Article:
When does youth become old and tired?

2012-10-11 00:00

I FALL comfortably into what the government would label the “youth” in this country. I’m still more than a decade away from that rather generous cut-off age of 35. In South Africa, you can hit your mid-life crisis while still being considered part of the youth. What a special country we live in.

This is a particularly turmoil-filled time in the country. No day is without a crisis. Most of these directly affect young people (those who are actually young as opposed to old people masquerading as young people). Every single one of these national crises, be it education, health, unemployment, poverty, violence or drug and alcohol abuse, speaks directly to the plight of the young person.

Like a good party, we refuse to miss out. Big and important discussions are held to talk about ways to make things better for us, most of these shutting us out completely. What valuable contribution could we possibly make? We must just quietly cast our votes every few years like the obedient children we are and not draw too much attention to ourselves when it’s not an election year.

Many political analysts give the youth of this country very harsh and, what I would consider, harmful labels: apathetic, lazy, selfish and not too bright. Youngsters don’t read, and the only struggle they understand is when the jam jar refuses to open. The born-frees, particularly, bear the brunt of this criticism. They’re not considered very conscious and those who are, are special cases and the exception to the rule.

But how important are our voices in post-apartheid South Africa when the people looking out for our interests, the people whose interests are grouped with our own, are almost twice our age? The generation gap between a 14-year-old and 25-year-old is big enough. The gap between a 14-year-old and 35-year-old year old is the size of the Atlantic. One can argue that these different generational viewpoints could only help in getting a variety of perspectives of what a “not old” person’s struggle in South Africa is. But the weight and value attached to these viewpoints are leaning heavily towards one side, the side closing in on 40.

Then there are born-frees, children who were born into a free and democratic South Africa, a South Africa that was alive with possibility, and a South Africa that wanted to host every sporting tournament known to man. Looking at the state of things right now, born-frees didn’t completely hit the jackpot. The free country that they were born into is filled with problems that the years they have been alive have not been able to correct. And it is because of this that the role of the young person is so important.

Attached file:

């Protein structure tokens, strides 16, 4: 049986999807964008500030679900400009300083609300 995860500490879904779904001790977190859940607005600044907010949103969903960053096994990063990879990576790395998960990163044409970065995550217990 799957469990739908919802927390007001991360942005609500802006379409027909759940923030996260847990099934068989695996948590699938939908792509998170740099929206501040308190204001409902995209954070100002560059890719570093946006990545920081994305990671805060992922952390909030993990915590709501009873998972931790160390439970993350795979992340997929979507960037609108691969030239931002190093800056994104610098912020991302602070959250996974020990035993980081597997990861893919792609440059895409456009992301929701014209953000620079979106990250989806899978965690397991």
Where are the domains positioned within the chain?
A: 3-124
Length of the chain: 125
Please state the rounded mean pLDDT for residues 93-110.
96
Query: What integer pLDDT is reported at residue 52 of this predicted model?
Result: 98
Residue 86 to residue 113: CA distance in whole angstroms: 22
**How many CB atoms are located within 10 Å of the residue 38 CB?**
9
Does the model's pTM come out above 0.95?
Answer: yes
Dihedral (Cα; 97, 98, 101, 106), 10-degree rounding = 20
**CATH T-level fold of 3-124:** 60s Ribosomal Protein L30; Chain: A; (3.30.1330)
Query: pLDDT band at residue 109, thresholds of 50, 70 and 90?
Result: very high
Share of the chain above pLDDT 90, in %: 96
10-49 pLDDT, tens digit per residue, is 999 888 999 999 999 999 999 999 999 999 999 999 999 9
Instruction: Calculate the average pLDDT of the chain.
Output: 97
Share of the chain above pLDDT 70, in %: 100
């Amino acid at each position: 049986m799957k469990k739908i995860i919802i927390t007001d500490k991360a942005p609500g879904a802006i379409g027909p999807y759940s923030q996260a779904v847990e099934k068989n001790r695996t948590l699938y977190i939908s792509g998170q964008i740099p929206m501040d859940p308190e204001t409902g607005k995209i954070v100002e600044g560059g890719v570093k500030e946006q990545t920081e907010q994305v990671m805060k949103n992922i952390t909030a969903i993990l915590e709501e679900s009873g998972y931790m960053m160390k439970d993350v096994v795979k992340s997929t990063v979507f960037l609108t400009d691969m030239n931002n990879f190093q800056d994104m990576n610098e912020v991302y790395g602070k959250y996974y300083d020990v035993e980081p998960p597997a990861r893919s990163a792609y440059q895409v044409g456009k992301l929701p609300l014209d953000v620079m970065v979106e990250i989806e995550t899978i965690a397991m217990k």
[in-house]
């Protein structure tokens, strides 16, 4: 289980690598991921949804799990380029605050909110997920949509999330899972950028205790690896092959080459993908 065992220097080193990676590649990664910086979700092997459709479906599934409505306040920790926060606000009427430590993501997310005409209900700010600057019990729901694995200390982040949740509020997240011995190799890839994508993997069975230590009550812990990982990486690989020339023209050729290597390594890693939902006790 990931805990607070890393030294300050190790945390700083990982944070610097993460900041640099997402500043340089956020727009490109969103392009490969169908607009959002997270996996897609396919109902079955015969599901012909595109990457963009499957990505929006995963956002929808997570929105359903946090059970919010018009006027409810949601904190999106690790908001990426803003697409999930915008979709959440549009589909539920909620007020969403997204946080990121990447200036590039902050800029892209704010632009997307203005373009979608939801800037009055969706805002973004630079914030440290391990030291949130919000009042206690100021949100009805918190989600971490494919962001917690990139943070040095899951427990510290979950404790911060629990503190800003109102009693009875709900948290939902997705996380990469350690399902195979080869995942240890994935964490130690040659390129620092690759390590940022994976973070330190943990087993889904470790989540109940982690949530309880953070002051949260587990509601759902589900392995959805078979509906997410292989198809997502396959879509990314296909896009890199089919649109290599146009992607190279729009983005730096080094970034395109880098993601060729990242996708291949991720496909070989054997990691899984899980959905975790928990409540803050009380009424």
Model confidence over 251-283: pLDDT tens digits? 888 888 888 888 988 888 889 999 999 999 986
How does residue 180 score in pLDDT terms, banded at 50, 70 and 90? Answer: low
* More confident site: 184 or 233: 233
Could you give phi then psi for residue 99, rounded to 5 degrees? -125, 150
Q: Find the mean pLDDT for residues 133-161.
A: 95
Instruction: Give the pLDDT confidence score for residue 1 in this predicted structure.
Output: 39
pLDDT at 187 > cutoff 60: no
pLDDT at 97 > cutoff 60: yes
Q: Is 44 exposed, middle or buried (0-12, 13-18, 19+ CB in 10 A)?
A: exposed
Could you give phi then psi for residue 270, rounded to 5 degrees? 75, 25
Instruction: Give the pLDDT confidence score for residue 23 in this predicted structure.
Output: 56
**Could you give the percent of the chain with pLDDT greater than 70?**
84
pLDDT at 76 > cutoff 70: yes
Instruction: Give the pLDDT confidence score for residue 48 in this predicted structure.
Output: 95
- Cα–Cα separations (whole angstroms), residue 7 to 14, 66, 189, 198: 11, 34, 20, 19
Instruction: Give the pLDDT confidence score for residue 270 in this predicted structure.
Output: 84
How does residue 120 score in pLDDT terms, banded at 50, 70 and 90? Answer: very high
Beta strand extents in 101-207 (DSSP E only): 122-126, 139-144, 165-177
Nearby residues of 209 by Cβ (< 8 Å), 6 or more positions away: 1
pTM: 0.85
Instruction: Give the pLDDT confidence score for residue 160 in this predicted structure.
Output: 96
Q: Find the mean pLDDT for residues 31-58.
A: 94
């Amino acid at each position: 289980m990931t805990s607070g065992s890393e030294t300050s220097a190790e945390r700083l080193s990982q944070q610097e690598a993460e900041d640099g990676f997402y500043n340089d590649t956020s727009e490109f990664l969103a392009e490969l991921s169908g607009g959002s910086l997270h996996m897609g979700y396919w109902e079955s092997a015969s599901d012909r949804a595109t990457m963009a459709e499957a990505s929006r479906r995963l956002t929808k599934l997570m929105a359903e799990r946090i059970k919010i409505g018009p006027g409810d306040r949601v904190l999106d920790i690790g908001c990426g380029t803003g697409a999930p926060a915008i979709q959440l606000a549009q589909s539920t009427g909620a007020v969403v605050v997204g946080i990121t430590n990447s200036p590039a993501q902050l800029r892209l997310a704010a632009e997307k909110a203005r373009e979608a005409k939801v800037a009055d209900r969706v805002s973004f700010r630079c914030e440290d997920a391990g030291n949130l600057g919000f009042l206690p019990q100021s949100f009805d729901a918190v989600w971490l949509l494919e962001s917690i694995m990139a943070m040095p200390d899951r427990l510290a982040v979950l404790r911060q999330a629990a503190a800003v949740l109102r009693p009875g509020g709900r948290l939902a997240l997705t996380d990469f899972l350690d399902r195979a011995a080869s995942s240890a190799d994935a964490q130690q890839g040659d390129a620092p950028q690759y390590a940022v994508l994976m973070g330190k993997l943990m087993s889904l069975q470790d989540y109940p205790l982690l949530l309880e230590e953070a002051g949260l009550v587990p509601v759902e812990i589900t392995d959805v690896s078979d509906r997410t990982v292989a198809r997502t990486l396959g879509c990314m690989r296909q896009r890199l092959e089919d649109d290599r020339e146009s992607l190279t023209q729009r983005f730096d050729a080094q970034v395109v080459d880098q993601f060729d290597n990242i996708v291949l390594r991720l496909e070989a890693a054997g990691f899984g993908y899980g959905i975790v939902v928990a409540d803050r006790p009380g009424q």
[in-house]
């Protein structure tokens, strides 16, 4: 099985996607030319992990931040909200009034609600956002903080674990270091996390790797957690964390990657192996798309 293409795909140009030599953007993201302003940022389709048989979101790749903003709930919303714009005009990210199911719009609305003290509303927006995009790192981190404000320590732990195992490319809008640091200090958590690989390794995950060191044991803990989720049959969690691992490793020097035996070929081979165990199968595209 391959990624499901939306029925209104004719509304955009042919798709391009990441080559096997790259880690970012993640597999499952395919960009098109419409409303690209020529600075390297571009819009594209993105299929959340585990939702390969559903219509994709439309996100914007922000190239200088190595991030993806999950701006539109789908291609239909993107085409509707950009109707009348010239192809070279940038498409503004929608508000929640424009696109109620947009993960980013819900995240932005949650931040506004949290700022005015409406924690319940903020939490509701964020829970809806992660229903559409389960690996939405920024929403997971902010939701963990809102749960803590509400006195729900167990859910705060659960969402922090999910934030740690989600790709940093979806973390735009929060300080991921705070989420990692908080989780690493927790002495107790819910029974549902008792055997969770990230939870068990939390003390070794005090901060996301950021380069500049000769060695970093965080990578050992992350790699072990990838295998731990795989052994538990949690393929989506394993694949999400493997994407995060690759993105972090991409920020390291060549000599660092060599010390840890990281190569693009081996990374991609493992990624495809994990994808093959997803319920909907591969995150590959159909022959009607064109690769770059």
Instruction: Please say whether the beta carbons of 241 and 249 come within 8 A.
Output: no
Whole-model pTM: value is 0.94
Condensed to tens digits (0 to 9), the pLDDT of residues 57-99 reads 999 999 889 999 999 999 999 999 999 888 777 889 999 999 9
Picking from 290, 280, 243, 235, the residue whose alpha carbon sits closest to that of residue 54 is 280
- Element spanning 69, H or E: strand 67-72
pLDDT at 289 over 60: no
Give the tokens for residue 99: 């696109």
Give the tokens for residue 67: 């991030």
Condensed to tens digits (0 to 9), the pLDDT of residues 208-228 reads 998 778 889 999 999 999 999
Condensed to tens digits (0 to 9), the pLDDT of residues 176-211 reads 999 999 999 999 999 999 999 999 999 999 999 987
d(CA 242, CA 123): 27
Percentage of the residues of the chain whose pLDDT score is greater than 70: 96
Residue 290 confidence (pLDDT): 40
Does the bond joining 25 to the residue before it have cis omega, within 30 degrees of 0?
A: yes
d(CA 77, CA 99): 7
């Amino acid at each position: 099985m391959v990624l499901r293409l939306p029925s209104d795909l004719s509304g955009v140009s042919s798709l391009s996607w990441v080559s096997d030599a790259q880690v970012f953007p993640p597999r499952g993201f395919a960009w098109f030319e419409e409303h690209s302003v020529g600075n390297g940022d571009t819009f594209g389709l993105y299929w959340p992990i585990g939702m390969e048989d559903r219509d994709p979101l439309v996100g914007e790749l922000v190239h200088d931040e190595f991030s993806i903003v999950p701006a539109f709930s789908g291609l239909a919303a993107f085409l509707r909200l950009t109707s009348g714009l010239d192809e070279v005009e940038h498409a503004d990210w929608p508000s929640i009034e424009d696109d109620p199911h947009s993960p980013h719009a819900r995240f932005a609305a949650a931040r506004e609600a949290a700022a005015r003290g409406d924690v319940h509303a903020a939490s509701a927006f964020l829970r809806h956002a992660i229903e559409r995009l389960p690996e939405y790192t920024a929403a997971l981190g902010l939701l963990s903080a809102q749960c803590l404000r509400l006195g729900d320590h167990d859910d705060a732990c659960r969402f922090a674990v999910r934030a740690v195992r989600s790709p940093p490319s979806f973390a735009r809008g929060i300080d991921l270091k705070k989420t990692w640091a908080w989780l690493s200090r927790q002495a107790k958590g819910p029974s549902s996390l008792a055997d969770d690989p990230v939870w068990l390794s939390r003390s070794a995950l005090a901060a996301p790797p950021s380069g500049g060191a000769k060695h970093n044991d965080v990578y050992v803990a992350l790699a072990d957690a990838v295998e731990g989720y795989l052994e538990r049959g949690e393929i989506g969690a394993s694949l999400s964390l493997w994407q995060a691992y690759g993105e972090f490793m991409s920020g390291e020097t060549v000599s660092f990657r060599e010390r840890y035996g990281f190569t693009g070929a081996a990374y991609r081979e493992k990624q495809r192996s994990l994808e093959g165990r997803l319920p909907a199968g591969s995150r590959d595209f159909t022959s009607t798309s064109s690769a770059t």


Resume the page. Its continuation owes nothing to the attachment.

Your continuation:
The “Why Mandela is my hero” pieces we wrote as 10-year-olds can’t be our only contribution to the dialogue. When our parents and our parents’ parents spoke of making life better for future generations, they meant us. We are that generation. We are in that space, and we cannot remain quiet. The hope our parents had of a brighter South Africa cannot be allowed to dim.

In a country where youngsters are taught to respect their elders, and never speak out of turn, perhaps what is needed now more than ever, is for the youth finally to speak out of turn.

Professor Kwandiwe Kondlo of the Centre for African Studies at the University of the Free State wrote in his paper, “The Role of Youth in a Participatory Democracy”, about how the youth organisations that get the most airtime in this country — the ANC Youth League and Young Communist League — are the visible representatives of the youth. “When we talk about youth participation in a democracy, we always refer to these two structures.” These groups, however, represent a certain viewpoint and not all South Africa’s young people.

Perhaps young people become deterred from organising themselves because of fear of being marginalised and ignored. Maybe the realisation that our voices are important and smart won’t come from the acknowledgement and recognition of others but from ourselves. That fear needs to dissipate.

We must realise that just because we are young does not mean we have to be followers, always looking to the knowledgeable and wise elders for answers.

I look forward to the day when the youth’s voice is finally taken seriously. I look forward to the day the youth take themselves seriously. — News 24.com

Sibongile is a videographer, blogger and social media enthusiast who would be nothing without her thumbs.

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